Given the significant shortage of health workers, the application of artificial intelligence to health care could potentially reduce some of the burden on overloaded health staff. This is one advantage: Given the power of super computers and superchips to mine and organize huge amounts of data, it is easy to envision a number of applications in the health sector.
As we all know, health information is often messy and poorly structured. In many cases, it is systematically collected but not systematically analysed and used. Artificial intelligence can give that data a structure, and by detecting patterns, guide some medical decisions. Supercomputers can accelerate the screening of novel molecules in the search for new drugs. They can speed up the reading and interpretation of results from radiographs, electrocardiograms, ultrasound and CT scans, and even the analysis of blood samples.
By reducing the likelihood of human errors, they can contribute to more precise diagnoses and predictions of patient prognoses, and to enhanced patient safety. Other applications currently under development include personal use of smartphones to communicate symptoms and obtain a diagnosis from the cloud. Enthusiastic developers see this as a way to cut down health care costs by keeping the worried well from flooding clinics and emergency rooms. For patients recovering from a stroke or an accident, developers have already introduced a system, involving sensor technology and the latest advances in cloud computing, that provides tailor-made physiotherapy that can be performed in homes.
Immediate feedback scores the number of right and wrong movements. The cost of the system is estimated at one tenth of that for facility-based physiotherapy. In the midst of all this exciting potential, I see several reasons for caution. First, medical decisions are complex. They depend on context and values such as care and compassion. I doubt that a machine will ever be able to imitate genuine human compassion. Second, machines can aid the work of doctors, organize, rationalize, and streamline the processes leading to a diagnosis or other medical decision, but artificial intelligence cannot replace doctors and nurses in their interactions with patients.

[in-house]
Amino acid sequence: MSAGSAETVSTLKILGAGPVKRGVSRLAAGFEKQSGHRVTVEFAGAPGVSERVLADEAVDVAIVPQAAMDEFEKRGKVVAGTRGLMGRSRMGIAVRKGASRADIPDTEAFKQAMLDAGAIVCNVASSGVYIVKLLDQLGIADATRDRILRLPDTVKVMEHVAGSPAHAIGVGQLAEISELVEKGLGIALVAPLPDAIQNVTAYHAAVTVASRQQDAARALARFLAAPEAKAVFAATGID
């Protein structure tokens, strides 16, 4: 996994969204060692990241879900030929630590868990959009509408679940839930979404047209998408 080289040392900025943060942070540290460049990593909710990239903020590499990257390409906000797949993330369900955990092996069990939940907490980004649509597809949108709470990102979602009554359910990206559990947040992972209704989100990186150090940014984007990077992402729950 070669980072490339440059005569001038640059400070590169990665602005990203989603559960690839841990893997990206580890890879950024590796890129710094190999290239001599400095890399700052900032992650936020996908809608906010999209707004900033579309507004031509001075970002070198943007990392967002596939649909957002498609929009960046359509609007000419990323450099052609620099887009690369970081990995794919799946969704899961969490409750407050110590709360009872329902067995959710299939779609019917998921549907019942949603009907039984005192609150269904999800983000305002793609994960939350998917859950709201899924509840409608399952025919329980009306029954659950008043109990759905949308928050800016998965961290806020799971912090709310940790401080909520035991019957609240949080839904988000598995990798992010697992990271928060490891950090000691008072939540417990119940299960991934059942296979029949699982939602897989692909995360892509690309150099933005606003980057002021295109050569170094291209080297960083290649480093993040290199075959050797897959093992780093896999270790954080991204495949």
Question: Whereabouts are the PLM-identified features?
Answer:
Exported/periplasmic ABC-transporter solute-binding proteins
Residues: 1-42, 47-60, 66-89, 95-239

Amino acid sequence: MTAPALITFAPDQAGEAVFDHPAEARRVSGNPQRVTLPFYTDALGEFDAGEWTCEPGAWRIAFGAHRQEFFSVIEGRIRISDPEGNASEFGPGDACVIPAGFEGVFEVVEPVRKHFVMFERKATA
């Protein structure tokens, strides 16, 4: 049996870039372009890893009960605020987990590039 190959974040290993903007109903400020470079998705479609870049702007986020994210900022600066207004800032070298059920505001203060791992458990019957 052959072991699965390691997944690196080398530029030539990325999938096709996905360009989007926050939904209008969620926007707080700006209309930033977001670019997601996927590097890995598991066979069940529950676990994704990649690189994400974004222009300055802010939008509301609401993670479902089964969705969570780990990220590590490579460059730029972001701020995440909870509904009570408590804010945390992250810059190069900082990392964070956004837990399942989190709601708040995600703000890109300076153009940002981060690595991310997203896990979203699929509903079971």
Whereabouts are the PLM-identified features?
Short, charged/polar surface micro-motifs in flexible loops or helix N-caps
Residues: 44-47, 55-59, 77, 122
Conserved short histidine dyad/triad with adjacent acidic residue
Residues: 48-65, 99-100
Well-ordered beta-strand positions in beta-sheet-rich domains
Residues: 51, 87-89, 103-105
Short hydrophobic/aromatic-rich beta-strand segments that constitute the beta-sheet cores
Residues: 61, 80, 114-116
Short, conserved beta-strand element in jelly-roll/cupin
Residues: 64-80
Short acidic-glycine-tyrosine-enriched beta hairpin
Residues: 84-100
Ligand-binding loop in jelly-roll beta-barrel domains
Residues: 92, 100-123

Third, we must consider the context and what it means for the lives of people. What good does it do to get an early diagnosis of skin or breast cancer if a country offers no opportunity for treatment, has no specialists or specialized facilities and equipment, or if the price of medicines is unaffordable for both patients and the health system? What happens if a diagnosis by smartphone app misses a symptom that signals a severe underlying disease?
Can you sue a machine for medical malpractice? Medicines and medical devices are heavily regulated, and with good reason. Medical schools are accredited. Doctors and nurses are licensed to practice and are often required to undergo continuing education. How do you regulate a machine programmed to think like a human? Regulatory issues must be solved before a new AI technology reaches the market. The reliability of wearable devices for monitoring cardiovascular performance is already being questioned.
Medical history is replete with examples of technologies that were eventually rejected because they created a false sense of safety and security. The mining of huge amounts of data raises serious issues of patient privacy and the sacrosanct confidentiality of medical records. This is another set of issues that must be addressed in advance. Finally, we need to keep in mind that many developing countries do not have a great deal of health data to mine.
These are countries that still do not have functioning information systems for civil registration and vital cause-of-death statistics. In short, the potential of AI in health care is huge, but so is the need to take some precautions. Sign up for WHO updates. Skip to main content. Search Search the WHO.